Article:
Apple Patent Potentially Adds Magnetic Antennas to MacBooks or iPads

This week Apple was granted a patent that takes two ideas and puts them together to form an interesting way to attach antennas to either a MacBook or an iPad. According to ZDNet, the antenna is an extendable design meaning it could pull out and be raised for reception and then retracted when not in use.

Apple Antenna Patent

Patently Apple shows the artwork above in which you can see that the antenna could attach in the upper corner of the computer. To use it, you could pull it away from the frame of the computer. Then return it when not in use. The antenna would also be removable. Magnets would be the primary means of attaching the antenna.

Apple uses magnets a lot. It has the innovative MagSafer power connector which attaches the charging cable to the computer with a magnet. With the release of the iPad 2, the Smart Cover uses a complicated arrangement of magnets to both attach the cover and to close the cover turning off the display. This is just another interesting use of magnets.

The key features of this system would be:

  • Aesthetics – the antenna could be somewhat hidden when not in use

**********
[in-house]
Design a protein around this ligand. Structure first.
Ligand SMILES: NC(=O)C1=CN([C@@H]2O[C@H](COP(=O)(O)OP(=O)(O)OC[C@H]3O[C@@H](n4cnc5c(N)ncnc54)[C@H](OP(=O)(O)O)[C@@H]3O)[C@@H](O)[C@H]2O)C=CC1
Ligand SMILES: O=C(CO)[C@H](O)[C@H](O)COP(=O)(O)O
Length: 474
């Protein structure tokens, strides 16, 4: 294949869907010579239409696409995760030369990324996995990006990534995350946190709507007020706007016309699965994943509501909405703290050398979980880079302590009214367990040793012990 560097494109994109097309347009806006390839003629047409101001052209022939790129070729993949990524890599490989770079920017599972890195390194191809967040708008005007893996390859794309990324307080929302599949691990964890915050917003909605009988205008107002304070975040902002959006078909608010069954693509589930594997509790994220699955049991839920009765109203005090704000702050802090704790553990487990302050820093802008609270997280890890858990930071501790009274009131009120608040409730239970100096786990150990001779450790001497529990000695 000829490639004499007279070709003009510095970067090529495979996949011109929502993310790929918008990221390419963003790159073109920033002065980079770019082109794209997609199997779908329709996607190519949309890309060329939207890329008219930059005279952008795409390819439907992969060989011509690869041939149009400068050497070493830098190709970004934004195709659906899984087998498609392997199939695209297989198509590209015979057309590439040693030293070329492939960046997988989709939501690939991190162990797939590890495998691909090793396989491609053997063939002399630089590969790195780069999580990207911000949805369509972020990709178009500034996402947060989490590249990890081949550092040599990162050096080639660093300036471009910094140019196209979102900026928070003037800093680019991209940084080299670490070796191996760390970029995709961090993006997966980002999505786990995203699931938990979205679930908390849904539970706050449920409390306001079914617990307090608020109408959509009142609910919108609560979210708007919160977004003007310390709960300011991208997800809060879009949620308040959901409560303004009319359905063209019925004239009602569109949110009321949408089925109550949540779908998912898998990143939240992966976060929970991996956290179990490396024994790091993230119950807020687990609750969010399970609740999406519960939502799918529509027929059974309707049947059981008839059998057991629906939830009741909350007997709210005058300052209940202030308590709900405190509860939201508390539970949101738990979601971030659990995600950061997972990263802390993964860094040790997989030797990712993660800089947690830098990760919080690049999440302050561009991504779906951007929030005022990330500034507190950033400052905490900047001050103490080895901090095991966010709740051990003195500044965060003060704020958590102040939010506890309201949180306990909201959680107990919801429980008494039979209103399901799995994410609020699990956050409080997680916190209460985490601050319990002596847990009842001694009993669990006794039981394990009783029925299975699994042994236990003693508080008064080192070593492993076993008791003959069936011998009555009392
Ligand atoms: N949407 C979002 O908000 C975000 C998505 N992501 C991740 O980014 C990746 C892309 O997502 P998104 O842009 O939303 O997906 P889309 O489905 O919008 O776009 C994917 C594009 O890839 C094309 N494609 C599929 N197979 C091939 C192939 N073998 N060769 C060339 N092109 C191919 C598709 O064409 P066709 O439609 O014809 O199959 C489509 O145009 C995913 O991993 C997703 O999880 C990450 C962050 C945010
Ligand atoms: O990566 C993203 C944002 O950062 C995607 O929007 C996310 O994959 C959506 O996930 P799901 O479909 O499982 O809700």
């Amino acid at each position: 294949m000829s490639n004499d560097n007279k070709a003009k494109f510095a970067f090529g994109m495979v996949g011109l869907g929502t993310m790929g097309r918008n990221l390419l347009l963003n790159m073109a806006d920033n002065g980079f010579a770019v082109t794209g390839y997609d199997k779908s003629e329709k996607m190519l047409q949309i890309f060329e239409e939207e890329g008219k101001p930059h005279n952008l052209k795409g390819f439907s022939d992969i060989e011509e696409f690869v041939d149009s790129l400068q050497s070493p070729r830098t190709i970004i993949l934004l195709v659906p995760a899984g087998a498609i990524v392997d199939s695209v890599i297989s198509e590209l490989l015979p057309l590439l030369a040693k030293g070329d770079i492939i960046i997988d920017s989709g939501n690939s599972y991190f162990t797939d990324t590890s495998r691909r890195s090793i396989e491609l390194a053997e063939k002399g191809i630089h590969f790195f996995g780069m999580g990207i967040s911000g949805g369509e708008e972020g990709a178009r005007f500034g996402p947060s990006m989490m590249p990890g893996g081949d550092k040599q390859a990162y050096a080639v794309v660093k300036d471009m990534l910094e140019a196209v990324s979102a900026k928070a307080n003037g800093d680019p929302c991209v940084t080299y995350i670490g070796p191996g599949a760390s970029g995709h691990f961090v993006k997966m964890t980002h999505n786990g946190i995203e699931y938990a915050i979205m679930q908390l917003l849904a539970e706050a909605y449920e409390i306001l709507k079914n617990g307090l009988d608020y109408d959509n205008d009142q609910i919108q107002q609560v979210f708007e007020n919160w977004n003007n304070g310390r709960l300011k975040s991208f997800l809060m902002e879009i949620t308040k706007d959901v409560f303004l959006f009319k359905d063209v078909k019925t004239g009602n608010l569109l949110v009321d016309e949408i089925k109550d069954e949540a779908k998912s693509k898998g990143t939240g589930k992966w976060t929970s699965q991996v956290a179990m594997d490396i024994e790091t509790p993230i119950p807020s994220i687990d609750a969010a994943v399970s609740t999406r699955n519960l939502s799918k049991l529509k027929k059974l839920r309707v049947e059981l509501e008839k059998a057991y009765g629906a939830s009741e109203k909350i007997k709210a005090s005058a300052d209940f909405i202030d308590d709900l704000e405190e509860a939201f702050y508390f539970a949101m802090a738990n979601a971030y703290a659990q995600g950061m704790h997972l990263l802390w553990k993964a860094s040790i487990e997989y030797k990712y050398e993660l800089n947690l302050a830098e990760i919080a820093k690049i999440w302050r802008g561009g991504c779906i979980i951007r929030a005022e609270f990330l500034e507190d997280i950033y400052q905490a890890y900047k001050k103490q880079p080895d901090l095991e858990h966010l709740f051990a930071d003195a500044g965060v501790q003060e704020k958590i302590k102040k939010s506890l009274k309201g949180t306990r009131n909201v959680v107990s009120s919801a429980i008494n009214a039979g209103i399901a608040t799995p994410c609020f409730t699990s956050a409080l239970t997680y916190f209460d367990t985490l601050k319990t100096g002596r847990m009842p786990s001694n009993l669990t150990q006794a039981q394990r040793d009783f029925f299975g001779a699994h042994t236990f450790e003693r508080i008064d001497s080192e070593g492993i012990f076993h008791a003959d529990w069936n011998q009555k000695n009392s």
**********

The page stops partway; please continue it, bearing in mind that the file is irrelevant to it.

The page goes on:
• Detachable – due to the magnets it could be removed
  • Extendable – it could be extended away from the frame of the computer for better reception
  • Pliable – the material could withstand being misshapen and then return to its original shape after it is bumped or hit

How will this affect notebook buyers? First, it shows that Apple is working on building wireless broadband into their computers. This is nothing new for Windows notebooks, but would be a first for Apple. The problem is people are not as likely to want yet another wireless bill added to their phone and now tablets. But some do want this feature and this patent shows Apple is at least thinking about it.

Apple Patent Art

Second, it makes wireless data connectivity more reliable with the antenna not being housed inside the device. Is it possible that a detachable antenna could also be used to connect more than one device? Could users take the antenna and connect it to a MacBook and then detach it to connect to an iPad? This might solve the issue of having multiple wireless data plans. That doesn’t seem to be  part of the patent, but why else would it be detachable? This is at least one explanation.

We have to remember that not all patents see the light of day in actual products. Apple might just be protecting an idea their engineers had.

There are more details and graphics related to the patent at Patently Apple.

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